Couturiers Suing Websites That Sell Knock-Offs of Trademarked Gowns

Author: Charles Toutant, New Jersey Law Journal
An association representing makers of bridal and prom gowns has launched a litigation attack on more than a thousand websites that allegedly violate their trademarks and sell cheap knockoffs of their products.

The latest salvo, American Bridal & Prom Industry Association v., filed this week in federal court in Trenton, names as defendants 250 sites, with names like and, and asserts claims of trademark counterfeiting and infringement, unfair competition and false designation of origin, and violation of the New Jersey Fair Trade Act.

The plaintiff, American Bridal & Prom Industry Association of Trenton, seeks damages of $2 million for each mark that has been infringed.

The association’s lawyer, Craig Hilliard of Stark & Stark in Lawrenceville, says the rogue sites mislead consumers by falsely identifying their products with the plaintiffs’ trade names, and some include product photos taken directly from plaintiffs’ sites.

Hilliard has brought six such suits in the past year and in some cases has obtained injunctions shutting down defendant sites and freezing their PayPal accounts.

“Ultimately, our goal is to send a message to those who want to engage in this type of activity that the industry is serious about protecting its rights and is serious about pursuing relief for violation of those rights,” says Hilliard.

The gown manufacturers have been plagued in recent years with the onset of overseas entities that use their trademarks and goodwill to sell cheap counterfeit versions of their dresses, Hilliard says in court papers.

Some of the knock-off dresses have the same six-digit style numbers as the higher-cost versions, and a few of the defendant websites even include photos of plaintiff’s stores, to create a false impression that they have a bricks-and-mortar presence in the U.S., Hilliard says.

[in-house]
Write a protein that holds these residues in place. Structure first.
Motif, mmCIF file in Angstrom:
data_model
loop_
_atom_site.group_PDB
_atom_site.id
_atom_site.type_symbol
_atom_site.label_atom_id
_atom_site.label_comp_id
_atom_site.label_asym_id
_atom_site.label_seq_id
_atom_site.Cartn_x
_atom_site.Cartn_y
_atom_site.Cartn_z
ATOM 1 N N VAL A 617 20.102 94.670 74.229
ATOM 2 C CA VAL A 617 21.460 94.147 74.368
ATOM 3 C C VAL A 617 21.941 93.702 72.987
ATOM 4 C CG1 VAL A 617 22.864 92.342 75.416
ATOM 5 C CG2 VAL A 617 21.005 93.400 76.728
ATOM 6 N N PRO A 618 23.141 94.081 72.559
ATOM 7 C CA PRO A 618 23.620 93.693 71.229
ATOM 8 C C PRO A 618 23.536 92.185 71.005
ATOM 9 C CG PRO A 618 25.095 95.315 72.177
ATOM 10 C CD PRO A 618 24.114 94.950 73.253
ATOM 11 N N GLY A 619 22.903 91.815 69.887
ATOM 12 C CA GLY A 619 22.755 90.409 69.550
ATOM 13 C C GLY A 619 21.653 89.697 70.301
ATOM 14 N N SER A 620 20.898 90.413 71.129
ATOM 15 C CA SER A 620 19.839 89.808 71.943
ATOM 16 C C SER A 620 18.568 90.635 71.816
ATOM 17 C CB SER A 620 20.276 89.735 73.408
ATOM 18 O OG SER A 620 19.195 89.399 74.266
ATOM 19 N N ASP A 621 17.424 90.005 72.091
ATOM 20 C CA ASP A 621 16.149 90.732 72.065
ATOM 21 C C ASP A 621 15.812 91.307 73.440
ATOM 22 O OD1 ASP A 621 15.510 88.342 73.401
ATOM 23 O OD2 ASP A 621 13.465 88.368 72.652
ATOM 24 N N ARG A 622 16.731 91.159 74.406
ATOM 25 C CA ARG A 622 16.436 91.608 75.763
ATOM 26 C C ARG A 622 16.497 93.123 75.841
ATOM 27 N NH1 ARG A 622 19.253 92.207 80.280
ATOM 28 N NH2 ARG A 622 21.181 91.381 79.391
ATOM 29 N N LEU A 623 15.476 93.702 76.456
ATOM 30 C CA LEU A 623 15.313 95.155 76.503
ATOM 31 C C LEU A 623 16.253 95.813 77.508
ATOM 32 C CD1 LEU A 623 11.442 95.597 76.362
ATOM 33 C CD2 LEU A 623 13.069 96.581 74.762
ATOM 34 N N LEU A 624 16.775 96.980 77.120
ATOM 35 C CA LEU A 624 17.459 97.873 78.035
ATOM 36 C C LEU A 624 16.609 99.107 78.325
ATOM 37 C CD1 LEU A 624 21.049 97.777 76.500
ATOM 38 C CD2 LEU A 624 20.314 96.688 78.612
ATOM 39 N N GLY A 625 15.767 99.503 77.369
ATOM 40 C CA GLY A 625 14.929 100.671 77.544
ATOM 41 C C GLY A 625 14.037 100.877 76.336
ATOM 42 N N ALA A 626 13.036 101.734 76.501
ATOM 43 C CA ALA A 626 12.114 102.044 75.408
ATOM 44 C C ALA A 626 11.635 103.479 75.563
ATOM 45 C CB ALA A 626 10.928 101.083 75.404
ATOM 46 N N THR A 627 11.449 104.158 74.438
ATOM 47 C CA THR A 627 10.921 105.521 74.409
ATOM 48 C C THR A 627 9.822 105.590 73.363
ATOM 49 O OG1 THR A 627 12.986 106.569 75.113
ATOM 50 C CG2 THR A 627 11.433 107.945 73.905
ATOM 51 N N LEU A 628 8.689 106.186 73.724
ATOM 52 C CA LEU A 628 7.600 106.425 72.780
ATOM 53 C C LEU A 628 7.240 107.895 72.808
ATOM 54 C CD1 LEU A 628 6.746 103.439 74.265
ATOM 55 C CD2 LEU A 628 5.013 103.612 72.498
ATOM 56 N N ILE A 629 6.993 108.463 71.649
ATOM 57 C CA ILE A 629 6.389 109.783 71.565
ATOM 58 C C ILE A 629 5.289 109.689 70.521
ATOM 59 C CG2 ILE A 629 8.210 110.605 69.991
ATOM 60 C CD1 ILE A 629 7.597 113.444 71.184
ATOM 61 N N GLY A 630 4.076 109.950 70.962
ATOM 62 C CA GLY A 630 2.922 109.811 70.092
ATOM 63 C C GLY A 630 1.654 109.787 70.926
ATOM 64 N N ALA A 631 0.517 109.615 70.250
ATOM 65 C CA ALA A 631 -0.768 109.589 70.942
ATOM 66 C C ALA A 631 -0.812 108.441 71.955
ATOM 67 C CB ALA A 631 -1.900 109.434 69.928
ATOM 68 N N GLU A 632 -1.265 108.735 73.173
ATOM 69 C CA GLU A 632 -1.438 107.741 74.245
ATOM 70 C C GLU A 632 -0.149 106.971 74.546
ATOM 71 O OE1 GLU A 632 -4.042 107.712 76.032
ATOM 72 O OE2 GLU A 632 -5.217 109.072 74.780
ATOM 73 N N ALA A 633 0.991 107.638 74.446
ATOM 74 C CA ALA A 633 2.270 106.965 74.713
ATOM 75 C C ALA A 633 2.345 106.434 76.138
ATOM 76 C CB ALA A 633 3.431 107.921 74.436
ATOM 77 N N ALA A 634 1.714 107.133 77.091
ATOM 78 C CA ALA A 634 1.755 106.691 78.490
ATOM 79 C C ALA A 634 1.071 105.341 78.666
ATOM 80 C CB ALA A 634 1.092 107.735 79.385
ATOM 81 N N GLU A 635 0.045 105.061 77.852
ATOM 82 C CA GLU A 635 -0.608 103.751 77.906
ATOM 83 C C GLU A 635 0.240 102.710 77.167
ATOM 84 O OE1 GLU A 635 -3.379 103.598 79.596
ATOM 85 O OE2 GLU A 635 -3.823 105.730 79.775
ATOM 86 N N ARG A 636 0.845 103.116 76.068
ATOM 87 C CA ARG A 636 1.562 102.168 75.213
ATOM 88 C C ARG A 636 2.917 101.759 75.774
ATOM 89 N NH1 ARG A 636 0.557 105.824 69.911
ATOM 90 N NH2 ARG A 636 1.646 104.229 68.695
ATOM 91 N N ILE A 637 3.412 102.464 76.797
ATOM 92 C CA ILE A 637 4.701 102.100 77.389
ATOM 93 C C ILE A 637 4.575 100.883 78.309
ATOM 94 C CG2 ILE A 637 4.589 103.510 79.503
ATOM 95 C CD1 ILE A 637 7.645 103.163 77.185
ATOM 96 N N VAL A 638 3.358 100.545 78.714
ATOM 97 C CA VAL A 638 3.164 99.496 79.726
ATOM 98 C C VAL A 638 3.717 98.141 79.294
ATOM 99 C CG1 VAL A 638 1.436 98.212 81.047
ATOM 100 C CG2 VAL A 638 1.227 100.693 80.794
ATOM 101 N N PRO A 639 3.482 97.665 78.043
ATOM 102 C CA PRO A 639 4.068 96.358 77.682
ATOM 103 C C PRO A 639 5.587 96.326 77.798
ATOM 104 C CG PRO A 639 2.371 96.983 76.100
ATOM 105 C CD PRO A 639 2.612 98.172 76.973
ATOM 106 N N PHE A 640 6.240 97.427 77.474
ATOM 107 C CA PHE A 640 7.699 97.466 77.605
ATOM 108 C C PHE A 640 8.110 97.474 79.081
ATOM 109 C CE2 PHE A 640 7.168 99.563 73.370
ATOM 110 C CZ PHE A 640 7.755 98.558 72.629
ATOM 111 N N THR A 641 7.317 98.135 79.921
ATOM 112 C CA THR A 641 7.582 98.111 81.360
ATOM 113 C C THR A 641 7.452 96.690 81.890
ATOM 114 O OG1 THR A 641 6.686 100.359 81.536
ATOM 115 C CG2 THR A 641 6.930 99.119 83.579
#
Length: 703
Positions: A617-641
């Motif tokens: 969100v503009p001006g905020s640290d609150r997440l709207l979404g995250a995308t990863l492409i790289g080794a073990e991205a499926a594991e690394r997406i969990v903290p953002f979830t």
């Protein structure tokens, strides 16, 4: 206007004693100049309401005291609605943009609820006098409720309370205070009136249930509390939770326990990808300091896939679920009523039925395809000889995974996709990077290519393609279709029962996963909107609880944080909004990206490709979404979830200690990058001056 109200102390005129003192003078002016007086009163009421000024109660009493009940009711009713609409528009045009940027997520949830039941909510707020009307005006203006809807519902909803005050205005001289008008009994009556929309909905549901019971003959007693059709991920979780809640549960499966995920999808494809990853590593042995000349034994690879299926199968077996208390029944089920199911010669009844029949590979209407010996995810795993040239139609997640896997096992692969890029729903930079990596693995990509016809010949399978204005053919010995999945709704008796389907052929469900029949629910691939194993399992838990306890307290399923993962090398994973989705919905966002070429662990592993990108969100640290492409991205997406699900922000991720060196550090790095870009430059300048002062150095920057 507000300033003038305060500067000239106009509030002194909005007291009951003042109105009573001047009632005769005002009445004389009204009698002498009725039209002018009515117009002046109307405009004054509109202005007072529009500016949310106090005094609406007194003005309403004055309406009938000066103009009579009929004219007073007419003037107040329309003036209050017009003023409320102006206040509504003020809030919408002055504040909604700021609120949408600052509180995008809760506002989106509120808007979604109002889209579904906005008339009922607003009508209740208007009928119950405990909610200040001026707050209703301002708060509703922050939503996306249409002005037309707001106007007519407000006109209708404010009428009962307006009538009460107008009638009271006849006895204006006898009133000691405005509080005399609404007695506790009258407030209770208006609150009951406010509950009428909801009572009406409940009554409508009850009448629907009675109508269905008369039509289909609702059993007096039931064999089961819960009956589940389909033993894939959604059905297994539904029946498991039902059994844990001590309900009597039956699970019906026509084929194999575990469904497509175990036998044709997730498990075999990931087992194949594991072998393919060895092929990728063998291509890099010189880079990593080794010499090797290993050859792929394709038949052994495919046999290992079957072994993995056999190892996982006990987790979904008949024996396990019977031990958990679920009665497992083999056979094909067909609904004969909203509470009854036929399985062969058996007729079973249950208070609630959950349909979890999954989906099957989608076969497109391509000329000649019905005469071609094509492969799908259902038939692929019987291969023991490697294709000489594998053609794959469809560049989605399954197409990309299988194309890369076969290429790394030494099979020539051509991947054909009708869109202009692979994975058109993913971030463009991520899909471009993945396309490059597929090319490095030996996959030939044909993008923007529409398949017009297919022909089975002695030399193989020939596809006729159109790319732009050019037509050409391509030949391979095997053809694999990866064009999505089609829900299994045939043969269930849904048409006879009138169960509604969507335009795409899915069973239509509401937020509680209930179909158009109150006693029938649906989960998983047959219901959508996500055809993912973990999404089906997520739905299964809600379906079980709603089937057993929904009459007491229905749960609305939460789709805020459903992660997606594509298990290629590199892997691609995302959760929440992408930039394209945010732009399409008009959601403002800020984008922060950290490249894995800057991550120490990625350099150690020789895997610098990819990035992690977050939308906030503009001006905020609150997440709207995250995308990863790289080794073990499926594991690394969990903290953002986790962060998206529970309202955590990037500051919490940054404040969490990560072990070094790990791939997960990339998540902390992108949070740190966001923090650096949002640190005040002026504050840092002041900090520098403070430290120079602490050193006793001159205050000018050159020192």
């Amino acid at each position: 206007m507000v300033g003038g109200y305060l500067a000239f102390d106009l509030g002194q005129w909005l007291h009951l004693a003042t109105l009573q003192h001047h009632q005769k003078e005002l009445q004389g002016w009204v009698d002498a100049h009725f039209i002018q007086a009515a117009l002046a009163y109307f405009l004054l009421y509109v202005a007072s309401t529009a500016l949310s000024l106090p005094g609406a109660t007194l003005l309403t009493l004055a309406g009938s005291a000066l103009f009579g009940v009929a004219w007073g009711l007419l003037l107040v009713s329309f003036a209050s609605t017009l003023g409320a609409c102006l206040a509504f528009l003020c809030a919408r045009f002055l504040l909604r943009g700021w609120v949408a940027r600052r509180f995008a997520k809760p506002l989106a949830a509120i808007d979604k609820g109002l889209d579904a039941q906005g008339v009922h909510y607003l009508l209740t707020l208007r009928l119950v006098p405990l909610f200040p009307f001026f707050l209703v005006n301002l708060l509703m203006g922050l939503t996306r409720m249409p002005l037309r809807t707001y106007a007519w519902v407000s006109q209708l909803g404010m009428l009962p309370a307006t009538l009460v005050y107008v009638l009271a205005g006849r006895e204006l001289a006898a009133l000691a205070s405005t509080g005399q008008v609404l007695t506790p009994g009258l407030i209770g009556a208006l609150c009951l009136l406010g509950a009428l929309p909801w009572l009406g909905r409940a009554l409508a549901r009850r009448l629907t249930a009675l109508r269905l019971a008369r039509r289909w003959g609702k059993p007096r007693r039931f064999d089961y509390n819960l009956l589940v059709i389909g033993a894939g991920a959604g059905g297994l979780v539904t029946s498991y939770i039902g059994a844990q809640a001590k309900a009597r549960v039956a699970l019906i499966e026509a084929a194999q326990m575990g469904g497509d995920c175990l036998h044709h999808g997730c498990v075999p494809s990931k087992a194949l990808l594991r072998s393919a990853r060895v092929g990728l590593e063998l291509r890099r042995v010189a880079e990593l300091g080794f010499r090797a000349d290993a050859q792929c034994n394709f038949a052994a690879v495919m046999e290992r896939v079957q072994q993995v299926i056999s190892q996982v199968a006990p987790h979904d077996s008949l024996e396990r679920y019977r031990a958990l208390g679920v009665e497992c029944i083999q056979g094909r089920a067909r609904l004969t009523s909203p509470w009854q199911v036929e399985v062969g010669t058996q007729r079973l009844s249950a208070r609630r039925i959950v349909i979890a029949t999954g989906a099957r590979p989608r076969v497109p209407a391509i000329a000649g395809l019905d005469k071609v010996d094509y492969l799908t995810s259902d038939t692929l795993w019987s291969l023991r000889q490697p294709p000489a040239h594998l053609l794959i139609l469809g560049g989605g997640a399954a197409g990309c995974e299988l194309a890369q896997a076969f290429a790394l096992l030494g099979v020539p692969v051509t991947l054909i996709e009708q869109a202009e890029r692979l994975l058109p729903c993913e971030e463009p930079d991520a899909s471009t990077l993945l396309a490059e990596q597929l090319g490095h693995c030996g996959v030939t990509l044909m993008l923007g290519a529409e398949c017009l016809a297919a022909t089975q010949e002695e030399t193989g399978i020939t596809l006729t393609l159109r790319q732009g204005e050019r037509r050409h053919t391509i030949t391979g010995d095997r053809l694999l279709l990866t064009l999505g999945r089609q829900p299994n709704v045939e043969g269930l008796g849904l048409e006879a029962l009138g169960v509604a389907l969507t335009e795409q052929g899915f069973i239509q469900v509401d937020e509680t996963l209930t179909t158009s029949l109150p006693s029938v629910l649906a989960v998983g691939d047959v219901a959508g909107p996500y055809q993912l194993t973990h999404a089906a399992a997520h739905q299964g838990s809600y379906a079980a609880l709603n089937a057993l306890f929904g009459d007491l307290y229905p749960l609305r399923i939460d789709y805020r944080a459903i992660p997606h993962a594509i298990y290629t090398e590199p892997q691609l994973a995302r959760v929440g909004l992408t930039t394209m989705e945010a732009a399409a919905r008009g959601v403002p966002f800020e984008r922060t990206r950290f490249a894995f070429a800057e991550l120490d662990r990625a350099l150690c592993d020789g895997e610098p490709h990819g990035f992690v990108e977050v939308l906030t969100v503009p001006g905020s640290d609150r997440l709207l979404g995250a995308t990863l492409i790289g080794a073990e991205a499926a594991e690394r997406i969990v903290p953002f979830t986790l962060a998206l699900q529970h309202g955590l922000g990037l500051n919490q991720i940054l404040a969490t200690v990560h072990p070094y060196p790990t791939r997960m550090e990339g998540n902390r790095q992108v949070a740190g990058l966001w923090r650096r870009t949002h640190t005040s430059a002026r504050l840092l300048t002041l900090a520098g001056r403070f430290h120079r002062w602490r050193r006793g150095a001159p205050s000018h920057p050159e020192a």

The plaintiffs ordered wedding gowns from some of the defendants and found them to be “nothing like the genuine dress,” with no country of origin label, no care instructions and no fiber content labeling, Hilliard said in court papers. The defendants’ dresses cost $300 each while the plaintiffs’ dresses that inspired their designs cost $1,500 each.

Most of the defendant websites are registered to addresses in China. They are served with the complaints via e-mails sent to addresses on their websites, Hilliard says.

The association was founded in 2012, in part, to investigate and confront such competition, he says.

Counterfeiters such as defendants are “notoriously difficult to stop,” he says. If one of their websites is shut down they lose no goods or profits but can merely move their business to another site.

But the litigation is intended to chill the defendants’ activities at the very least, Hilliard says.

The plaintiffs seek to enjoin defendants and their officers and employees from using plaintiffs’ marks, passing off any counterfeit goods as genuine products of the plaintiffs, selling any goods falsely bearing the plaintiffs’ marks, and registering domain names that use or incorporate plaintiffs’ marks.

They further want the defendants’ domain names disabled by registrars of such names, such as VeriSign, NeuStar and the Public Internet Registry, and to have the registrars turn control of those domain names over to the plaintiffs.

Preliminary injunctions have been issued in some of the prior suits filed over the past year and a half.

Only two defendants have responded to the complaints— in the first suit and in the fourth case—and both entered into confidential settlements. Each was represented by Mark Ingber, who heads a firm in Millburn, N.J.

Ingber says the plaintiffs are “not really interested in working to resolve their dispute with the particular defendants. The plaintiffs are aggressive in using the law to get the full judgments. When I get involved I’m always behind the eight-ball.”

“There certainly can be meritorious defenses against these plaintiffs,” he adds. “Some of their trademarks are questionable to say the least. It seems to me to be an effort, at least in part, to stop competition, which is legitimate here.”

In addition to filing suits on behalf of his clients, Hilliard has contacted Google and asked it to take a more active role in guarding against sale of counterfeit goods by business using its Sponsored Ads, Sponsored Images and AdWords programs to generate traffic on their websites. The company replied that it would look into the matter, he says.